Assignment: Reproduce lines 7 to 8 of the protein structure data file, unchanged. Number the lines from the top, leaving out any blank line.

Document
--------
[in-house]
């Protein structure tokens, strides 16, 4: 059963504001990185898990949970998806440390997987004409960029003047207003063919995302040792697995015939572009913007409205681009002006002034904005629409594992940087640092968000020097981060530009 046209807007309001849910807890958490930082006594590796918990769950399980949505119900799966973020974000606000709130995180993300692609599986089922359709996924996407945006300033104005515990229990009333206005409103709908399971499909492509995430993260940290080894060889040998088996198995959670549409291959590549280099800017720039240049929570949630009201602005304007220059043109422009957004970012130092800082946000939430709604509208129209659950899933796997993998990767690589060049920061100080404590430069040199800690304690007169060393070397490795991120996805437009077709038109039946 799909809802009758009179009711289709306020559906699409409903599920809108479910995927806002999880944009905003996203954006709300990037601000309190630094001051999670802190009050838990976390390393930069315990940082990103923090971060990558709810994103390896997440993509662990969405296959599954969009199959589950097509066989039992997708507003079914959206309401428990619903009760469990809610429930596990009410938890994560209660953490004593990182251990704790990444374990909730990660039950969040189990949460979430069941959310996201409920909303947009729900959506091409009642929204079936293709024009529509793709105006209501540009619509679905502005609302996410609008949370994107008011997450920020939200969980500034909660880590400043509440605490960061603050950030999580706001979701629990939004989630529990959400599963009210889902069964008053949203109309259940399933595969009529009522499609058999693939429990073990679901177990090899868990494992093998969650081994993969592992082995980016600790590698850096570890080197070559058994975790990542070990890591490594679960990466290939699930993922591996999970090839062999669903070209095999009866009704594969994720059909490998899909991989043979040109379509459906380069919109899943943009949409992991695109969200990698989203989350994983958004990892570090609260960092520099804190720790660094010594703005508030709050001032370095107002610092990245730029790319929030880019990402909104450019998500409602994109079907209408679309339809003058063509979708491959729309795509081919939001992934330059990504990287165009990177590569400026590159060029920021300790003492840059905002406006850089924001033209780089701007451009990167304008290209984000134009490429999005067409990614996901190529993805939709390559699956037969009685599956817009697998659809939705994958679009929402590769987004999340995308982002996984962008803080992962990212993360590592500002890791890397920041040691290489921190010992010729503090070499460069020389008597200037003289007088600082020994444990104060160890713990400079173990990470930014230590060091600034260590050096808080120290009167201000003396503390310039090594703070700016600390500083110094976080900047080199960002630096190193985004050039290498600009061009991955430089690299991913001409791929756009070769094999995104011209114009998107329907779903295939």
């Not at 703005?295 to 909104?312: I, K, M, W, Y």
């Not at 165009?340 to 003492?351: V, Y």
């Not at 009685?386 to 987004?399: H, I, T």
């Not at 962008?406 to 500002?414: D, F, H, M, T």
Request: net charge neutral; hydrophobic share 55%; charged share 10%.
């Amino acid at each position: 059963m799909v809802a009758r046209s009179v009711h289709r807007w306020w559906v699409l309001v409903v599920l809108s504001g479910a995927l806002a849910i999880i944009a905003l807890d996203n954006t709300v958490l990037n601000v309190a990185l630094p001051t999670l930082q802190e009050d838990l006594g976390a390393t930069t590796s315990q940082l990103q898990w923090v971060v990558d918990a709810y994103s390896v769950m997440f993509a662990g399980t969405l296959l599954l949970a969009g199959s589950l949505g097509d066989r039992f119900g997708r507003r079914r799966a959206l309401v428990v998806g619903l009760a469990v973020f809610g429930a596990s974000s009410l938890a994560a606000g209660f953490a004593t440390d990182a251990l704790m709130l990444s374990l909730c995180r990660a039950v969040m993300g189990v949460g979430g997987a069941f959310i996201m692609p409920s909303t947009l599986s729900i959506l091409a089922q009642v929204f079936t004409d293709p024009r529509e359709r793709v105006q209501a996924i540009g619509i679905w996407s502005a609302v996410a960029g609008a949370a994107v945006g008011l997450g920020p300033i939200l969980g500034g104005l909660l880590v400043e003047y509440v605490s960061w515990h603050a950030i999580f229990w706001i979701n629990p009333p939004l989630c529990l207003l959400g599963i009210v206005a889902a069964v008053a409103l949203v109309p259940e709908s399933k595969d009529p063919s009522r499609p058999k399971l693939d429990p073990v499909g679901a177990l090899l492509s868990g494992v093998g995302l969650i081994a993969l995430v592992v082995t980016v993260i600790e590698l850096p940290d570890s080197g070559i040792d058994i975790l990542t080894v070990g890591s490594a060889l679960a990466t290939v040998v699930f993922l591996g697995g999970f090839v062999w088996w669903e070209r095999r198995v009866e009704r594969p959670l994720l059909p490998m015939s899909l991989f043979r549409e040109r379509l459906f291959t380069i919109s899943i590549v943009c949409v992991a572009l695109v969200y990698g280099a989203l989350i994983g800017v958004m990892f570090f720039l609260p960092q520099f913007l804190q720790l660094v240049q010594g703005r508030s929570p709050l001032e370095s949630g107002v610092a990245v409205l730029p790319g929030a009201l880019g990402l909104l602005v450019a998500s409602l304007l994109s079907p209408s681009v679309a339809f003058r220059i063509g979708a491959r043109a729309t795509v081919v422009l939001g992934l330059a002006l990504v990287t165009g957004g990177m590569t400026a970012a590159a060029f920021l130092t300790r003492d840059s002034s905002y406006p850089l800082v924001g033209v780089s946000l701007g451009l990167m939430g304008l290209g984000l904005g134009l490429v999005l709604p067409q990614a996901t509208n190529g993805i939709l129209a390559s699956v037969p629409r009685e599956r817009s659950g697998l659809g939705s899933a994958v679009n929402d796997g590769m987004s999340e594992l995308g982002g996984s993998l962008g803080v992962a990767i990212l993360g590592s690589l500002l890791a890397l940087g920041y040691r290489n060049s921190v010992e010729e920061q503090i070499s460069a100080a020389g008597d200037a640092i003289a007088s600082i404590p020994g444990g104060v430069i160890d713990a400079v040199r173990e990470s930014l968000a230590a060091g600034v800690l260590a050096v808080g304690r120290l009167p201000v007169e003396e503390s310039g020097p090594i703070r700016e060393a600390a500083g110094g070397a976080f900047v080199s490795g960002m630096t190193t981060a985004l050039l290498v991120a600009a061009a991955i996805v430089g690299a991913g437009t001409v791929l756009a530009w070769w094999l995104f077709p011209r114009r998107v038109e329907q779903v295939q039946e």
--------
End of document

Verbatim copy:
Request: net charge neutral; hydrophobic share 55%; charged share 10%.
């Amino acid at each position: 059963m799909v809802a009758r046209s009179v009711h289709r807007w306020w559906v699409l309001v409903v599920l809108s504001g479910a995927l806002a849910i999880i944009a905003l807890d996203n954006t709300v958490l990037n601000v309190a990185l630094p001051t999670l930082q802190e009050d838990l006594g976390a390393t930069t590796s315990q940082l990103q898990w923090v971060v990558d918990a709810y994103s390896v769950m997440f993509a662990g399980t969405l296959l599954l949970a969009g199959s589950l949505g097509d066989r039992f119900g997708r507003r079914r799966a959206l309401v428990v998806g619903l009760a469990v973020f809610g429930a596990s974000s009410l938890a994560a606000g209660f953490a004593t440390d990182a251990l704790m709130l990444s374990l909730c995180r990660a039950v969040m993300g189990v949460g979430g997987a069941f959310i996201m692609p409920s909303t947009l599986s729900i959506l091409a089922q009642v929204f079936t004409d293709p024009r529509e359709r793709v105006q209501a996924i540009g619509i679905w996407s502005a609302v996410a960029g609008a949370a994107v945006g008011l997450g920020p300033i939200l969980g500034g104005l909660l880590v400043e003047y509440v605490s960061w515990h603050a950030i999580f229990w706001i979701n629990p009333p939004l989630c529990l207003l959400g599963i009210v206005a889902a069964v008053a409103l949203v109309p259940e709908s399933k595969d009529p063919s009522r499609p058999k399971l693939d429990p073990v499909g679901a177990l090899l492509s868990g494992v093998g995302l969650i081994a993969l995430v592992v082995t980016v993260i600790e590698l850096p940290d570890s080197g070559i040792d058994i975790l990542t080894v070990g890591s490594a060889l679960a990466t290939v040998v699930f993922l591996g697995g999970f090839v062999w088996w669903e070209r095999r198995v009866e009704r594969p959670l994720l059909p490998m015939s899909l991989f043979r549409e040109r379509l459906f291959t380069i919109s899943i590549v943009c949409v992991a572009l695109v969200y990698g280099a989203l989350i994983g800017v958004m990892f570090f720039l609260p960092q520099f913007l804190q720790l660094v240049q010594g703005r508030s929570p709050l001032e370095s949630g107002v610092a990245v409205l730029p790319g929030a009201l880019g990402l909104l602005v450019a998500s409602l304007l994109s079907p209408s681009v679309a339809f003058r220059i063509g979708a491959r043109a729309t795509v081919v422009l939001g992934l330059a002006l990504v990287t165009g957004g990177m590569t400026a970012a590159a060029f920021l130092t300790r003492d840059s002034s905002y406006p850089l800082v924001g033209v780089s946000l701007g451009l990167m939430g304008l290209g984000l904005g134009l490429v999005l709604p067409q990614a996901t509208n190529g993805i939709l129209a390559s699956v037969p629409r009685e599956r817009s659950g697998l659809g939705s899933a994958v679009n929402d796997g590769m987004s999340e594992l995308g982002g996984s993998l962008g803080v992962a990767i990212l993360g590592s690589l500002l890791a890397l940087g920041y040691r290489n060049s921190v010992e010729e920061q503090i070499s460069a100080a020389g008597d200037a640092i003289a007088s600082i404590p020994g444990g104060v430069i160890d713990a400079v040199r173990e990470s930014l968000a230590a060091g600034v800690l260590a050096v808080g304690r120290l009167p201000v007169e003396e503390s310039g020097p090594i703070r700016e060393a600390a500083g110094g070397a976080f900047v080199s490795g960002m630096t190193t981060a985004l050039l290498v991120a600009a061009a991955i996805v430089g690299a991913g437009t001409v791929l756009a530009w070769w094999l995104f077709p011209r114009r998107v038109e329907q779903v295939q039946e």